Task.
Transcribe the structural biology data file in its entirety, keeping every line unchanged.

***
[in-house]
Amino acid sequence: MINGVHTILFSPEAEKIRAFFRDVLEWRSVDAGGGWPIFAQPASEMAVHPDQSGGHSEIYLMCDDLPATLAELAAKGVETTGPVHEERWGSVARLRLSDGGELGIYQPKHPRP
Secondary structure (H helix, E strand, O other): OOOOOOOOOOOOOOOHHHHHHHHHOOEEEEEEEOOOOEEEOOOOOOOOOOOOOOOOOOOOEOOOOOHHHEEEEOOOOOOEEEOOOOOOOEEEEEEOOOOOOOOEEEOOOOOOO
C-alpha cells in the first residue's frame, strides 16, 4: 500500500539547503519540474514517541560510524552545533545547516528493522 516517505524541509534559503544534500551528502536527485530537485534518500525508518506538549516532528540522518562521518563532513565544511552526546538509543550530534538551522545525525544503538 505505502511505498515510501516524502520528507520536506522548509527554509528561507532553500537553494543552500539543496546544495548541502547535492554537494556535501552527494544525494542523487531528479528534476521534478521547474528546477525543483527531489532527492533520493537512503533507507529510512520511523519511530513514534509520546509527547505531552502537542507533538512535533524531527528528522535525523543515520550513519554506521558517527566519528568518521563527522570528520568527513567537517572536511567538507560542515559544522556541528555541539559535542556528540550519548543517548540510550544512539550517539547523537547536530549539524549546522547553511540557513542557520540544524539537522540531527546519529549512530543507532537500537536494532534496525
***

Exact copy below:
[in-house]
Amino acid sequence: MINGVHTILFSPEAEKIRAFFRDVLEWRSVDAGGGWPIFAQPASEMAVHPDQSGGHSEIYLMCDDLPATLAELAAKGVETTGPVHEERWGSVARLRLSDGGELGIYQPKHPRP
Secondary structure (H helix, E strand, O other): OOOOOOOOOOOOOOOHHHHHHHHHOOEEEEEEEOOOOEEEOOOOOOOOOOOOOOOOOOOOEOOOOOHHHEEEEOOOOOOEEEOOOOOOOEEEEEEOOOOOOOOEEEOOOOOOO
C-alpha cells in the first residue's frame, strides 16, 4: 500500500539547503519540474514517541560510524552545533545547516528493522 516517505524541509534559503544534500551528502536527485530537485534518500525508518506538549516532528540522518562521518563532513565544511552526546538509543550530534538551522545525525544503538 505505502511505498515510501516524502520528507520536506522548509527554509528561507532553500537553494543552500539543496546544495548541502547535492554537494556535501552527494544525494542523487531528479528534476521534478521547474528546477525543483527531489532527492533520493537512503533507507529510512520511523519511530513514534509520546509527547505531552502537542507533538512535533524531527528528522535525523543515520550513519554506521558517527566519528568518521563527522570528520568527513567537517572536511567538507560542515559544522556541528555541539559535542556528540550519548543517548540510550544512539550517539547523537547536530549539524549546522547553511540557513542557520540544524539537522540531527546519529549512530543507532537500537536494532534496525